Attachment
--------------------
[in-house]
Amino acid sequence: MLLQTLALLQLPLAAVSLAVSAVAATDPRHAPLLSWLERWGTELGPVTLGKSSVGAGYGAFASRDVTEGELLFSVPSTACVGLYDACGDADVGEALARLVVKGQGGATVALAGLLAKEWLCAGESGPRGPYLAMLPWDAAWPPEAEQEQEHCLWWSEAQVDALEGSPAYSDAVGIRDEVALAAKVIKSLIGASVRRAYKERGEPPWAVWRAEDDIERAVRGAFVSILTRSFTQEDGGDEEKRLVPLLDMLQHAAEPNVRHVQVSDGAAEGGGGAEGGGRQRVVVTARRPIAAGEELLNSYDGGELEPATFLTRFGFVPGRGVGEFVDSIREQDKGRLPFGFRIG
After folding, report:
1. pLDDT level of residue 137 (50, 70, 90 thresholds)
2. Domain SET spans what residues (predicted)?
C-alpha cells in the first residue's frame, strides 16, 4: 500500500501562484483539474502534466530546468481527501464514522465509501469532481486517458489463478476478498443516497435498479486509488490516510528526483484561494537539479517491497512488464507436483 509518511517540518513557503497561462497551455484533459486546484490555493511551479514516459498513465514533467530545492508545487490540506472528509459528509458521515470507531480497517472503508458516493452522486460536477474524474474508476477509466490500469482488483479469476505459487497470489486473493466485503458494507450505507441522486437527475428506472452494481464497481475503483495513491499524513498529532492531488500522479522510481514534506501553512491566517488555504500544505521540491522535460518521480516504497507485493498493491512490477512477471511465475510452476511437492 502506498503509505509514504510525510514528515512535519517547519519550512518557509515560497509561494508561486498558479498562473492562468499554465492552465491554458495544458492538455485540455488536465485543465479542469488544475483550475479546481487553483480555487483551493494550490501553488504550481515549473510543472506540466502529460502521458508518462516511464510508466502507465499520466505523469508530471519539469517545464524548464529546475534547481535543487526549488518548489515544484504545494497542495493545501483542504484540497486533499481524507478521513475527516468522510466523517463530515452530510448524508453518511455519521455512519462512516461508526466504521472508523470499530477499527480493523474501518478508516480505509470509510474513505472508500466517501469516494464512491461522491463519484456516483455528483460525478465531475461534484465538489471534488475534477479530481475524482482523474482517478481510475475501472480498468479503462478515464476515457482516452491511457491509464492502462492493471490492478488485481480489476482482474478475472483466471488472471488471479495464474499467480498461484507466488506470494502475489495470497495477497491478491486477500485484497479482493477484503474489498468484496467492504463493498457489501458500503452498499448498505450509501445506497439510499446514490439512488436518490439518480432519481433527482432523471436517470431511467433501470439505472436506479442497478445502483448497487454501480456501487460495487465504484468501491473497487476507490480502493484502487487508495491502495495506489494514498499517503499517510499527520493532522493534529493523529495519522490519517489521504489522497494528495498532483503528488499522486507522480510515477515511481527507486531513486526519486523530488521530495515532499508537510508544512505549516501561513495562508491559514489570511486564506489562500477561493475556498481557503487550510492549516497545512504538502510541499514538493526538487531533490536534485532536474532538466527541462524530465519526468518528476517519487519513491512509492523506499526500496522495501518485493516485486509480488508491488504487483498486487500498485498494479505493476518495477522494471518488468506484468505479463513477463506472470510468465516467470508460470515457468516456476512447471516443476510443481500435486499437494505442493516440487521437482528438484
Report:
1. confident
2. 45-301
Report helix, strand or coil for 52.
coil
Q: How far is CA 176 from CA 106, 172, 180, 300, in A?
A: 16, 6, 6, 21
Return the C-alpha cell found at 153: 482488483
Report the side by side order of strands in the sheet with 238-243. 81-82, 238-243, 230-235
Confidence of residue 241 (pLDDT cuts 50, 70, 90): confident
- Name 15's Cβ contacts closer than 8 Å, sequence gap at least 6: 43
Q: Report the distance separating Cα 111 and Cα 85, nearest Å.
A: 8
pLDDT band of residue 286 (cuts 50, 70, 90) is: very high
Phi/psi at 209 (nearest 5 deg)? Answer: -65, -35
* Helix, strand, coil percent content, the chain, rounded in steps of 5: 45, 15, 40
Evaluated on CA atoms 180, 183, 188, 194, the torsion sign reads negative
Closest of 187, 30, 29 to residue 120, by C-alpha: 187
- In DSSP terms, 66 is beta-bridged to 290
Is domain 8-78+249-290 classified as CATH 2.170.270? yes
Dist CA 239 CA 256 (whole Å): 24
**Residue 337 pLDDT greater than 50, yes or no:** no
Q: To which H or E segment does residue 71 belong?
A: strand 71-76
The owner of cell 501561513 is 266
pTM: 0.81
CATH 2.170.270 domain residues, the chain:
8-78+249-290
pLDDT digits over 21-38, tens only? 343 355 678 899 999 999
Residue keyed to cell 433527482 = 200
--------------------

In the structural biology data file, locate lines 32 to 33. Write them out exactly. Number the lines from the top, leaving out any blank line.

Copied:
pTM: 0.81
CATH 2.170.270 domain residues, the chain: